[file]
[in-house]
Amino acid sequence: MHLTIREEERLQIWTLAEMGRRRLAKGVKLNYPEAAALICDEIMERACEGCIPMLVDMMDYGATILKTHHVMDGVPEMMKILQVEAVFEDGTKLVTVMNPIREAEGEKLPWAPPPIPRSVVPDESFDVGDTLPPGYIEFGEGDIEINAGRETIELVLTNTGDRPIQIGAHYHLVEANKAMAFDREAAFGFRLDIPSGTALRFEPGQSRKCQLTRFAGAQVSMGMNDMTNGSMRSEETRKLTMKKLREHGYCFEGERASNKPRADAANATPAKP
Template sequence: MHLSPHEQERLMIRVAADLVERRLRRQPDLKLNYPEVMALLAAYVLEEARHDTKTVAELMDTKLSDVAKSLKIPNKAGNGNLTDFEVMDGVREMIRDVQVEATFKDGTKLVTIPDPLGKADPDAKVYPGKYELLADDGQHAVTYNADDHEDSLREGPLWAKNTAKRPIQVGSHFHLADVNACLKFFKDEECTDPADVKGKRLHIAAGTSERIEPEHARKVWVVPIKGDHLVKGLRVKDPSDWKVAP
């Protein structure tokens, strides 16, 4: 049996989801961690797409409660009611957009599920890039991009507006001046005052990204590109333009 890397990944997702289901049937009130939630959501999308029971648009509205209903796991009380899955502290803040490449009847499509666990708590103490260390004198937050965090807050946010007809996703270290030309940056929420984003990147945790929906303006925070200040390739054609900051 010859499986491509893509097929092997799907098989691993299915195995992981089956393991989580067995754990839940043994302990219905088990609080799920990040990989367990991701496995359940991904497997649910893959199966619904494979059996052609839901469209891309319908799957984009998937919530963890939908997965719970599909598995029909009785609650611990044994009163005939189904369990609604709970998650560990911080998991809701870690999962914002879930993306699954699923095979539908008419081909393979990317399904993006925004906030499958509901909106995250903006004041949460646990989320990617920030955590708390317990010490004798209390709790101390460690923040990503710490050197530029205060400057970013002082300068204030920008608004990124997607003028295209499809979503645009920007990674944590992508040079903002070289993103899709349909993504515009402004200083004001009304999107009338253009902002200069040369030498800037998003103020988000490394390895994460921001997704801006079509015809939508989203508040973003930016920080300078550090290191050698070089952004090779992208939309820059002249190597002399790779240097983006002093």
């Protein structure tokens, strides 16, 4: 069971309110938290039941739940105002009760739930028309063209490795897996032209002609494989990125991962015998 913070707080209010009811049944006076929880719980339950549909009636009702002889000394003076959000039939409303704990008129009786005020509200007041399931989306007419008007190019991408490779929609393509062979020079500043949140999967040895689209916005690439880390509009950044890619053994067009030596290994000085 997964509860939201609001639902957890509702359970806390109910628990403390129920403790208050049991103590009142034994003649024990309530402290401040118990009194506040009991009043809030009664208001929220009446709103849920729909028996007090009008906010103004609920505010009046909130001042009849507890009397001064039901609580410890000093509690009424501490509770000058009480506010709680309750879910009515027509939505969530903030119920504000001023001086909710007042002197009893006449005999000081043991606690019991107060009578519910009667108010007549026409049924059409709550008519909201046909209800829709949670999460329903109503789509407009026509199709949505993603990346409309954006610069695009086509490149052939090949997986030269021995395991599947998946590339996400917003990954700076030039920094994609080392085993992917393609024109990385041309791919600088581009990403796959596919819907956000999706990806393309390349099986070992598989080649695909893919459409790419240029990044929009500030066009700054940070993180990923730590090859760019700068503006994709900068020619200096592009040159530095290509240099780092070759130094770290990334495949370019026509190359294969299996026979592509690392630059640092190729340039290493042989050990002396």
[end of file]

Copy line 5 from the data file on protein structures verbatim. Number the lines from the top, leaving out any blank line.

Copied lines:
């Protein structure tokens, strides 16, 4: 069971309110938290039941739940105002009760739930028309063209490795897996032209002609494989990125991962015998 913070707080209010009811049944006076929880719980339950549909009636009702002889000394003076959000039939409303704990008129009786005020509200007041399931989306007419008007190019991408490779929609393509062979020079500043949140999967040895689209916005690439880390509009950044890619053994067009030596290994000085 997964509860939201609001639902957890509702359970806390109910628990403390129920403790208050049991103590009142034994003649024990309530402290401040118990009194506040009991009043809030009664208001929220009446709103849920729909028996007090009008906010103004609920505010009046909130001042009849507890009397001064039901609580410890000093509690009424501490509770000058009480506010709680309750879910009515027509939505969530903030119920504000001023001086909710007042002197009893006449005999000081043991606690019991107060009578519910009667108010007549026409049924059409709550008519909201046909209800829709949670999460329903109503789509407009026509199709949505993603990346409309954006610069695009086509490149052939090949997986030269021995395991599947998946590339996400917003990954700076030039920094994609080392085993992917393609024109990385041309791919600088581009990403796959596919819907956000999706990806393309390349099986070992598989080649695909893919459409790419240029990044929009500030066009700054940070993180990923730590090859760019700068503006994709900068020619200096592009040159530095290509240099780092070759130094770290990334495949370019026509190359294969299996026979592509690392630059640092190729340039290493042989050990002396």